Student responses to a summer survey measuring music tastes, price ranges and more may lead to more entertainment choices.
A group of students, staff and administrators began meeting in June to brainstorm ways to make students’ experiences on campus more entertaining and have been conducting weekly meetings since. Students’ Association President Rodney Johnson, Chief Marketing Officer Jason Groves, Director of Alumni Relations Craig Fisher, Director of University Events Jennifer Ellison, Allison Garrett, executive vice president of the university, and Amanda Pittman, marketing manager at ACU, make up the committee.
Johnson, senior finance major from Odessa, said bringing entertainment to campus was a key part of his election process and is a goal he will continue to pursue.
“It’s something in high demand, something our student body is longing for,” he said.
The goal, Johnson said, is to bring at least one artist to campus every semester.
“We’re looking at relevant artists that students will care about, and we’re trying to have a well-rounded view of campus before we bring someone in,” he said.
Johnson said Groves voiced his support in bringing more bands to campus last semester, and they formed a committee to better facilitate the mission.
Groves said bringing in an artist would cut costs of gas, food and lodging and will provide a smaller venue for local students.
“What this really does is saves students a trip to Fort Worth or Dallas,” he said.
Johnson tried to secure musician Ben Rector to perform last spring, and got as far as talking with agents, but his efforts hinged on time restrictions and funding and eventually fell apart.
With a genre in mind, Johnson created a survey to get the student body’s thoughts on which artists would be most popular. The survey asked about prices, preference of artists and genres. It was sent out to the entire student body, with around a 1,200-student response – about 33 percent. Johnson found that students preferred an alternative genre with artists like the Avett Brothers and would pay between $20 and $30 for tickets.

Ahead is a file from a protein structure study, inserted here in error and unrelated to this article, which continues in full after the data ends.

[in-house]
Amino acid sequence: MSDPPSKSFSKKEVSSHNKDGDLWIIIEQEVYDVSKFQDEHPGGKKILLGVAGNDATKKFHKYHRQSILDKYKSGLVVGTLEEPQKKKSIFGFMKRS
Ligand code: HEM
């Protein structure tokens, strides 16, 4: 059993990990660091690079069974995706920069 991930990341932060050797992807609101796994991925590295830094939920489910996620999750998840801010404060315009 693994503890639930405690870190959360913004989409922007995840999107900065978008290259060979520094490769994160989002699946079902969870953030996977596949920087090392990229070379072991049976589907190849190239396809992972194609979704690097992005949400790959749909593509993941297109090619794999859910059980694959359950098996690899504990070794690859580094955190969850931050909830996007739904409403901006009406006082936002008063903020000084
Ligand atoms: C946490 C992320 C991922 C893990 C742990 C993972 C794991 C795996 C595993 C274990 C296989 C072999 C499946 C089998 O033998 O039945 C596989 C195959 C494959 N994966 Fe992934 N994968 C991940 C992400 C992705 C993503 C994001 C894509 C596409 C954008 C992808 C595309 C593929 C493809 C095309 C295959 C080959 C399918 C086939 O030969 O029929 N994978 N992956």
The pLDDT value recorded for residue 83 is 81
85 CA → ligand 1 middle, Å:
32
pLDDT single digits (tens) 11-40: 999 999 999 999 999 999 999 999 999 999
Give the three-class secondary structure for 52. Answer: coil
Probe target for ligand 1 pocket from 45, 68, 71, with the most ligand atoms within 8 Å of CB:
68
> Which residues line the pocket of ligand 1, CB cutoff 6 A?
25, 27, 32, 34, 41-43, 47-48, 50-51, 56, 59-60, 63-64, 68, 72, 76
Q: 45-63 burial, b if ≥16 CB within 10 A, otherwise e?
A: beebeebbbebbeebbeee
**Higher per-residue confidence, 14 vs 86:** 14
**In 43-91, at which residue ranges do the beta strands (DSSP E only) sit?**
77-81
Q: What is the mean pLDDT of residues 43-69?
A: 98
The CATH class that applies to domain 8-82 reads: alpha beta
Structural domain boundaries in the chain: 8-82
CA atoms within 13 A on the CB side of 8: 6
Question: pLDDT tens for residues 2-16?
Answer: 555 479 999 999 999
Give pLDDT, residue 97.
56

Groves said funds for the entertainment would come from corporate sponsors and departments around campus that are willing to provide the money up front.
“There’s not a budget with money earmarked for this,” he said.
Ticket sales would even the costs and money would be given back to the departments.
“A large portion of the cost is on the sound, staging and lighting and all of that,” Groves said. “That provides the awesome experience, but it’s not cheap.”
The concerts will ideally draw people from the entire Abilene area, and cities as far as Lubbock, appealing to a wide majority of college students. A large audience, combined with VIP opportunities and ticket upgrades, would boost revenue for the concerts, Groves said.
He said a festival bringing in a few lesser-known artists is also an option under evaluation.
As of now, Groves said the committee is looking at bringing an artist in mid-November. The decision will be made in the next few weeks but relies heavily on funding, costs and discussions with agents.
“If we feel like we can break even, then we’d secure a band,” he said. “We know music is an important part of people’s lives, and we want to do our best to make a fun, entertaining and incredible experience for students while they’re in Abilene.”